Academic research is one of those realities at odds with the consumer-oriented mentality of the digital native. As a scholarly information professional, I am personally invested in making sure students get the most out of the library. Research is a process comprised of several distinct phases which include: definition of a topic, narrowing down research questions, acquisition of field-specific terminology, identification of sources and analysis of results. Both lower-order (remembering, understanding), and higher-order (evaluation, synthesis) thinking skills are required to become a proficient researcher. Research takes time. Understanding what is at stake in the research process is the first step towards success.

As a trained information manager, the librarian is the person who can help you wade through the tsunami of information available by directing you to the scholarly resource(s) best suited to your needs. Yet many digital natives think of librarians as little more than building custodians, and their services remain greatly underutilized. In her report, “How Freshmen Conduct Course Research Once They Enter College,” Alison Head notes that students are not aware of the vast array of digital services provided by the library. The immediate access to massive amount of information made available by Internet giants has created the perception that “information” is an expendable good, and that all information can be retrieved effortlessly and free of charge.

Think again. Open web searches may produce an abundance of results, but that does not mean those results are usable, credible or reliable. As useful as they may be for everyday searches, the most commonly used Internet search engines are data-driven commercial platforms whose main focus is advertising, not scholarly research.  In fact, web search engines have been at the center of several controversies as more studies have been scrutinizing the biases in algorithmic formulas and prediction results (if you have not seen it, take a peek at Safiya Noble’s Algorithms of Oppression: How Search Engines Reinforce Racism).

Open web searches may produce an abundance of results, but that does not mean those results are usable, credible or reliable.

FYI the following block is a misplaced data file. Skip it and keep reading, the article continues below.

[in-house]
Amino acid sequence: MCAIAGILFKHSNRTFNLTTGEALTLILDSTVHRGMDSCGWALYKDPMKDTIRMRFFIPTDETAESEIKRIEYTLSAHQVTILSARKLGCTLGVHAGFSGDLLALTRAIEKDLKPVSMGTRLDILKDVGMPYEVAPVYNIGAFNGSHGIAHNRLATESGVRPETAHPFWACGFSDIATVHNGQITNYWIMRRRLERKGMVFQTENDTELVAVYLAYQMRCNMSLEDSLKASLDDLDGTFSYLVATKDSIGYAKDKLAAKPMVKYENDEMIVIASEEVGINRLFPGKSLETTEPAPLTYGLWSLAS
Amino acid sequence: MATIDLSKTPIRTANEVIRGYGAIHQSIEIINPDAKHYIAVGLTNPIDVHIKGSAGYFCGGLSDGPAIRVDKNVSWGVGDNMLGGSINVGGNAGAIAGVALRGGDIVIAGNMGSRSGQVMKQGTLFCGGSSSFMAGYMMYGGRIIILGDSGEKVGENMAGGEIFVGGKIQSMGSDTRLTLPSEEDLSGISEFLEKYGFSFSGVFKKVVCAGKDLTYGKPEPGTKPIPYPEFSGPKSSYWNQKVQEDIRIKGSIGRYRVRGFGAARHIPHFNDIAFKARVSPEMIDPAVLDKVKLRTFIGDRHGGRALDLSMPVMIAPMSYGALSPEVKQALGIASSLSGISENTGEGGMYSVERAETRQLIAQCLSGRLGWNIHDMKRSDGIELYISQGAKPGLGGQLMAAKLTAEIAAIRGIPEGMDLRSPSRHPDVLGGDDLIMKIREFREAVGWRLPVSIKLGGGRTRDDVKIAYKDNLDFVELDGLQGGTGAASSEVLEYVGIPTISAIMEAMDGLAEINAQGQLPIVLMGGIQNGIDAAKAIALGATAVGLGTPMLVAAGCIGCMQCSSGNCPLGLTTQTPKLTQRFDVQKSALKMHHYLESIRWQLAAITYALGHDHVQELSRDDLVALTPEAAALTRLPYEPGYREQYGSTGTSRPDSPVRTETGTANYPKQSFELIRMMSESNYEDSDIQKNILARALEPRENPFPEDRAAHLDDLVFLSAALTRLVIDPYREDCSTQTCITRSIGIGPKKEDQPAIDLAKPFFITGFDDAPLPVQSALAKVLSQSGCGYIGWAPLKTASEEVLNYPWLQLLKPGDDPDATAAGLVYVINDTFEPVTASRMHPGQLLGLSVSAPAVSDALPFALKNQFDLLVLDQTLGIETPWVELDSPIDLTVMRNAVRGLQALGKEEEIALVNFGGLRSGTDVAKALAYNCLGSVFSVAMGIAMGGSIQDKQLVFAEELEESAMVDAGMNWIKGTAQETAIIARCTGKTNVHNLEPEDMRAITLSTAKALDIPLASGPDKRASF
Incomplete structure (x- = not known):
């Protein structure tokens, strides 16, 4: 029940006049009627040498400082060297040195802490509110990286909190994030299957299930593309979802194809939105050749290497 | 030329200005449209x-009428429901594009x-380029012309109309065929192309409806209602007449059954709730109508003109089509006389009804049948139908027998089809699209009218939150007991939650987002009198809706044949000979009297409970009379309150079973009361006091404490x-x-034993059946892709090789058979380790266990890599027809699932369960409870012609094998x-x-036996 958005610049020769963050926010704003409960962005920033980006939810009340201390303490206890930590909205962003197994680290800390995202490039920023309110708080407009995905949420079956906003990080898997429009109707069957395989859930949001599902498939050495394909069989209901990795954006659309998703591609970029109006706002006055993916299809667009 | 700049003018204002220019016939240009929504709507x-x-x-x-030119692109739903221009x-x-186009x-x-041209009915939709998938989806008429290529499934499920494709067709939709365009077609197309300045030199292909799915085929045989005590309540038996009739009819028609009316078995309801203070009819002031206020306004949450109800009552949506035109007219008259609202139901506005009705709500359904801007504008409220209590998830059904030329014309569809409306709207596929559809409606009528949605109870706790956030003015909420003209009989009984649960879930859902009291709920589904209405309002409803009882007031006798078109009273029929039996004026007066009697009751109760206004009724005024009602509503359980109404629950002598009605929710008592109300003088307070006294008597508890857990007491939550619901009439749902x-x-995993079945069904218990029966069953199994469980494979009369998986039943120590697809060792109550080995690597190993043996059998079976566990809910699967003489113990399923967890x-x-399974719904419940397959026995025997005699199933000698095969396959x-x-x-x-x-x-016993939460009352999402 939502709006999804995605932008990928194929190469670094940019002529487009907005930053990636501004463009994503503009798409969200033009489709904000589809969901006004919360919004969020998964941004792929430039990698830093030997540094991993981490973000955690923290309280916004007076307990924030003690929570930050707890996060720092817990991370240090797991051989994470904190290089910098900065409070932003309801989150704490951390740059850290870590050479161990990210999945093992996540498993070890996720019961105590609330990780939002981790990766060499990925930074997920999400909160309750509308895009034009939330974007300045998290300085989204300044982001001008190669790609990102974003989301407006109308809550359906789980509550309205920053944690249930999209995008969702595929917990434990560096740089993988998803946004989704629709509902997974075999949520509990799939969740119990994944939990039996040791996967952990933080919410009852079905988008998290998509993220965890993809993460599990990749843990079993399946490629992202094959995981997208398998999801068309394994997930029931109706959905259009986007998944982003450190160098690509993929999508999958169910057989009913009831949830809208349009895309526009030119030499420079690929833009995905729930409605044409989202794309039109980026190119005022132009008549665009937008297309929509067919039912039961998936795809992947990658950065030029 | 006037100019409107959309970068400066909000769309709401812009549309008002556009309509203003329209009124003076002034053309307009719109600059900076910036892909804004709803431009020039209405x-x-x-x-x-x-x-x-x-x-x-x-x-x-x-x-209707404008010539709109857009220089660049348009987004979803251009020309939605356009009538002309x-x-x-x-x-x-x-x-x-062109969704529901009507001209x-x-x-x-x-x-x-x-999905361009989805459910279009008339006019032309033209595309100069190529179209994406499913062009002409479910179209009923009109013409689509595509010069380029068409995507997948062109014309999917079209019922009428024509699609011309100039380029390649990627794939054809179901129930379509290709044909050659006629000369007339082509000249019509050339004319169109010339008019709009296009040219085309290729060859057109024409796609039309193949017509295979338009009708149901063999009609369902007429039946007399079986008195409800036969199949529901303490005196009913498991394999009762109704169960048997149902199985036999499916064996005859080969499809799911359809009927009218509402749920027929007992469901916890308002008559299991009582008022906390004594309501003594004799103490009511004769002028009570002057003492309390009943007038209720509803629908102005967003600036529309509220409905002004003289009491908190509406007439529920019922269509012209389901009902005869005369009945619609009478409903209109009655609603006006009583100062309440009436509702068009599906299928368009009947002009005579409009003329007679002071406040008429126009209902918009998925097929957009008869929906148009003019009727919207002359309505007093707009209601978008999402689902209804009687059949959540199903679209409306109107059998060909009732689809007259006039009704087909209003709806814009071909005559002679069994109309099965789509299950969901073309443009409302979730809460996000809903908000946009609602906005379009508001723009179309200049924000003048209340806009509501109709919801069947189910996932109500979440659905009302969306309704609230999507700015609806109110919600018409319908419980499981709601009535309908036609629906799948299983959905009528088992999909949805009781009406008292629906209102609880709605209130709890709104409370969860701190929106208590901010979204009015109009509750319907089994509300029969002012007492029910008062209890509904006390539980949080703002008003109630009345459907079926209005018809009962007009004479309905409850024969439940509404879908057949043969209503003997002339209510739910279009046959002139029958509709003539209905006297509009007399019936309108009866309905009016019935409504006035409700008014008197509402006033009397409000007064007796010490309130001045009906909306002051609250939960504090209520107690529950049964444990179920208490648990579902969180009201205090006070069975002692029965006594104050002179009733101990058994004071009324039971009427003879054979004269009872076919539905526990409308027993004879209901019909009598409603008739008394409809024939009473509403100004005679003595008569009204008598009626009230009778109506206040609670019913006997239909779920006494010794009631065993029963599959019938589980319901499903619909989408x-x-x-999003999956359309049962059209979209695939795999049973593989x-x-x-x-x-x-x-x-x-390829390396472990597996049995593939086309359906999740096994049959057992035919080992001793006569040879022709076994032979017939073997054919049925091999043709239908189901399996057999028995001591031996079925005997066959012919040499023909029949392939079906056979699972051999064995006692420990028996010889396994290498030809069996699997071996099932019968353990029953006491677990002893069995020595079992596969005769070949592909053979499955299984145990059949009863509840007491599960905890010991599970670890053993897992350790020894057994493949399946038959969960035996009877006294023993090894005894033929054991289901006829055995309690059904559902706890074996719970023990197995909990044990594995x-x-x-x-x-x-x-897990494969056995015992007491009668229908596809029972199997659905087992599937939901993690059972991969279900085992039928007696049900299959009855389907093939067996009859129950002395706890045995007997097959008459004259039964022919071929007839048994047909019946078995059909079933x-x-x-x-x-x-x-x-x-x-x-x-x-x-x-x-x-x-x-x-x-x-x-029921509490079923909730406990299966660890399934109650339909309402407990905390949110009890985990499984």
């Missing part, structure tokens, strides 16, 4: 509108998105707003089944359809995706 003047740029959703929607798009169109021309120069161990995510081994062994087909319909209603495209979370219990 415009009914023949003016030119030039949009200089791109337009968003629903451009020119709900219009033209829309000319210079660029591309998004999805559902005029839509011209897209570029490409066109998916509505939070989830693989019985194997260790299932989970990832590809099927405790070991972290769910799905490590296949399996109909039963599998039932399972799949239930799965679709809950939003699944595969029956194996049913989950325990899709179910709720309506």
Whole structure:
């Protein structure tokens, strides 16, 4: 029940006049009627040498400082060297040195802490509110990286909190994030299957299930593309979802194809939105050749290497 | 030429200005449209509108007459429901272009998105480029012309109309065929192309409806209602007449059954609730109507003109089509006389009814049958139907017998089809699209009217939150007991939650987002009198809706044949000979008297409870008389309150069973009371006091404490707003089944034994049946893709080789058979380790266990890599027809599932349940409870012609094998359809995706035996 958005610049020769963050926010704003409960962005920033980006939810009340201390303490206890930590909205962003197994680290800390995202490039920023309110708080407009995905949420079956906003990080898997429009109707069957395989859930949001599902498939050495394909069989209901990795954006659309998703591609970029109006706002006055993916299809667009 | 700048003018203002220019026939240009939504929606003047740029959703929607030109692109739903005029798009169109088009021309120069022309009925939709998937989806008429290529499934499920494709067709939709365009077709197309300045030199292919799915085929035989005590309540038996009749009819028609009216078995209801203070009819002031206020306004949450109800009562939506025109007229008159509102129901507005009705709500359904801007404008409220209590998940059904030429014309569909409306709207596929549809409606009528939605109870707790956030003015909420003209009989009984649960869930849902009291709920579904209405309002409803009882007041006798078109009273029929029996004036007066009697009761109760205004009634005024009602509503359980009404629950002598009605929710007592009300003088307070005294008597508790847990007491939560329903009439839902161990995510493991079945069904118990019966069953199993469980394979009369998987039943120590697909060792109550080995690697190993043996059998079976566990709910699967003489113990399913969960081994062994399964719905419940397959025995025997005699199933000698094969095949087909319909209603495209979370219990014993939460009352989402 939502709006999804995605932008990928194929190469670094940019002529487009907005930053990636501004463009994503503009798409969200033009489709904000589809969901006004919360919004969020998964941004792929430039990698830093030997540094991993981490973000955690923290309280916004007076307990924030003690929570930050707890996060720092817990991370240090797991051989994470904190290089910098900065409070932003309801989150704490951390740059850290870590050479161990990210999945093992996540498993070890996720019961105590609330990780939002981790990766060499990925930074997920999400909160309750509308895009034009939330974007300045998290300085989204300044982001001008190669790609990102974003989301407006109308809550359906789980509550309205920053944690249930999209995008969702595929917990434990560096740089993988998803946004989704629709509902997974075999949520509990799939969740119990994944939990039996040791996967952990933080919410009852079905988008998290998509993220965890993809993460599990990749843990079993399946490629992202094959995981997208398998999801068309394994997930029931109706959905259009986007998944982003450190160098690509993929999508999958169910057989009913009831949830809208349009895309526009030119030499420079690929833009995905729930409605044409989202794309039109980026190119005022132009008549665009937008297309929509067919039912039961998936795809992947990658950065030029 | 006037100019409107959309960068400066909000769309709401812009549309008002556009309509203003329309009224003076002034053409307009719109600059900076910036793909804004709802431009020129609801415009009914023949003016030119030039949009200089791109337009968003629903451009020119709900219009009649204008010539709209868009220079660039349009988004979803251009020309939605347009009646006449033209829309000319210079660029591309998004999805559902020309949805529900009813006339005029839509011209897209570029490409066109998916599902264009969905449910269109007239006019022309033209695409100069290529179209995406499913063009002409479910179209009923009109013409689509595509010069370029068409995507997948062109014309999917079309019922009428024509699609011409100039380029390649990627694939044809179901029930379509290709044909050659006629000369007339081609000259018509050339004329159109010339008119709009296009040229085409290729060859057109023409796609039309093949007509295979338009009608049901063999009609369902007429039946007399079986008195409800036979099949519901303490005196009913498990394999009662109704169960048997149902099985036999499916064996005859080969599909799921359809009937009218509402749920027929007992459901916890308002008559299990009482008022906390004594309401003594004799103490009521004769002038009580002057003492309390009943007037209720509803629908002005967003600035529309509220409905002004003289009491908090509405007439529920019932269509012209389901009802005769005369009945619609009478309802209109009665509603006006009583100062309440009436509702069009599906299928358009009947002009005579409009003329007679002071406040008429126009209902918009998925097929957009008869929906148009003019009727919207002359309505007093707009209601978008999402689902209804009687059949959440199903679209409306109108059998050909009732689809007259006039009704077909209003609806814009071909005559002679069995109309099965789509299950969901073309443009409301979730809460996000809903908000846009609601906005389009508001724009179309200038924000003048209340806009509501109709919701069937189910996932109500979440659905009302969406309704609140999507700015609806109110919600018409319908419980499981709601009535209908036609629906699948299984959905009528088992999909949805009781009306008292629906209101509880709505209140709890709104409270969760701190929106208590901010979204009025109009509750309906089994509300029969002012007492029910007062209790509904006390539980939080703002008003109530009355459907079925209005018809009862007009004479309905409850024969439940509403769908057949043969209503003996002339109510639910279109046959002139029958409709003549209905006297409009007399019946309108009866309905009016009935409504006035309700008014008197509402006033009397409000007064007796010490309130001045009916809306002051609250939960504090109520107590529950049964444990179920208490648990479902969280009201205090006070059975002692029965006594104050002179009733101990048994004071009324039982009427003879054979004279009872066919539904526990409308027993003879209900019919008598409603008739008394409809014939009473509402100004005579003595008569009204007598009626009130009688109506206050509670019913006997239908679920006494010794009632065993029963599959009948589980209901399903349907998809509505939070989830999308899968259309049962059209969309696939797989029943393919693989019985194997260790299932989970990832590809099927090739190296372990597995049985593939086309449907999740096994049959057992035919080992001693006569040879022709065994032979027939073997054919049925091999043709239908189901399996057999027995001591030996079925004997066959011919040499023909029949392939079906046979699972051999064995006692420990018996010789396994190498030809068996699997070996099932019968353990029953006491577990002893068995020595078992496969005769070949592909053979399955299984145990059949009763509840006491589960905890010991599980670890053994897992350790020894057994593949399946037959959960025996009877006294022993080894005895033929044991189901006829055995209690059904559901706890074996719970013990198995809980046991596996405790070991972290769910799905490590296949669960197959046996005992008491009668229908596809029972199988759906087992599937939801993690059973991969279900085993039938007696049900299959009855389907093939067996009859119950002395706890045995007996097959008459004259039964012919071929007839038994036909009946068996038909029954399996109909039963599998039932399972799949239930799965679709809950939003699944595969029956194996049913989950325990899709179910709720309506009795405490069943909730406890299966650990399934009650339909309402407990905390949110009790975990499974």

It is not that researchers do not understand how these data-driven platforms operate. They do. And there are studies to prove it. But the complexities of the digital information landscape, coupled with copyright laws in an ever-morphing scholarly publishing universe, have helped foster an “information rummaging” behavior that favors convenience over accuracy, and immediate results over process.

What’s the bottom line? Not everything that has been written is available for free on the web, and not everything that shows up in open web search results is going to be relevant to your search. In fact, the most relevant publications in your area of research are going to be accessible through a scholarly database in your library.

Keep these three principles in mind when doing academic research:

  •  Not all information is created equal — One of the most important steps in the research process is evaluating and assessing the reliability of your sources. Using a specialized database for research will take much of the burden off that task, as the material included will have been selected for pertinence and evaluated for inclusion.
  • Refined searching — A specialized database will allow you to set specific search parameters by date, publication and topic. It will introduce you to the language used by specialists in the discipline and will thus produce only results that are highly relevant and pertinent to your research questions.
  •  Context is everything — Every field has its history, hot topics and main actors. Understanding what the scholarly conversation is about is an important step in the research process. A specialized database can help locate gaps in research and define your research topic.

Information literacy is a topic of great urgency in the digital age. Educating information consumers to understand their results and evaluate their sources is a burden mostly put on librarians, who are the real unsung heroes of the digital revolution. A great resource to learn more about the information-seeking behavior of college students is the longitudinal study conducted by  Alison J. Head and Michael Eisenberg of Project Information Literacy.